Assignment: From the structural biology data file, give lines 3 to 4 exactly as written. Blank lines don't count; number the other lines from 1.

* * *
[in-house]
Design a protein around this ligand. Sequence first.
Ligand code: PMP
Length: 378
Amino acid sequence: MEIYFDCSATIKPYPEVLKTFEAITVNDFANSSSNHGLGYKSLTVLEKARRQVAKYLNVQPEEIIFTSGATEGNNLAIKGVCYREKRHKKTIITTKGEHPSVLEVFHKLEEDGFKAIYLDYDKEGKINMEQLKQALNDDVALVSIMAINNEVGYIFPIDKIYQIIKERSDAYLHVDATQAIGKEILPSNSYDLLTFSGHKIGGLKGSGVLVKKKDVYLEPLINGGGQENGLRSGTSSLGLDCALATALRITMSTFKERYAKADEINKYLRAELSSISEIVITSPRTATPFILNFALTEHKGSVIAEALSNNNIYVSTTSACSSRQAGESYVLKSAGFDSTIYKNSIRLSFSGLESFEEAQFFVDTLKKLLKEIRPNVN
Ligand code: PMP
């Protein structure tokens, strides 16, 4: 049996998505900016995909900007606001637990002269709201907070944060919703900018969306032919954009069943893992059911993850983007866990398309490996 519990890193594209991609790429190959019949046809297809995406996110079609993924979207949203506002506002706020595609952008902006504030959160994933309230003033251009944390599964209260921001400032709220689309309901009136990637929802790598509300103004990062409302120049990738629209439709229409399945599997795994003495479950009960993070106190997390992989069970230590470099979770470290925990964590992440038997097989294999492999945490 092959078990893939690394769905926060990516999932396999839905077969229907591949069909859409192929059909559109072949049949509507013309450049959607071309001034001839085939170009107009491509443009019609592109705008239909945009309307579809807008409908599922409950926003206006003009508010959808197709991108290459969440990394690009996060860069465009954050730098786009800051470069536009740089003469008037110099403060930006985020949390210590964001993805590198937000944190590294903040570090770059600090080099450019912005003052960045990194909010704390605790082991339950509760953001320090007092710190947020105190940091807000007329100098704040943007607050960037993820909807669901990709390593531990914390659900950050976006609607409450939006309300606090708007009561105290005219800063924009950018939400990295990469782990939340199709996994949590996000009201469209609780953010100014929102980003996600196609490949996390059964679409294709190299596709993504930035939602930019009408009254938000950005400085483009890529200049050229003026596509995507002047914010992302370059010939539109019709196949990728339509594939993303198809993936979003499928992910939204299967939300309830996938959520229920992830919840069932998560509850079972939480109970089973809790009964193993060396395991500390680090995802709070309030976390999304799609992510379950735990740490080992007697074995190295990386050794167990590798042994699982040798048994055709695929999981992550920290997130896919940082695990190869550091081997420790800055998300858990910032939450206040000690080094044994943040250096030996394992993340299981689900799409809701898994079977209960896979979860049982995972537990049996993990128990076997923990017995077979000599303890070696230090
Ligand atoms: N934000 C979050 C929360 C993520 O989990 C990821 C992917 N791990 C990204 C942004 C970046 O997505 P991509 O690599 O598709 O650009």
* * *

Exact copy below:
Ligand code: PMP
Length: 378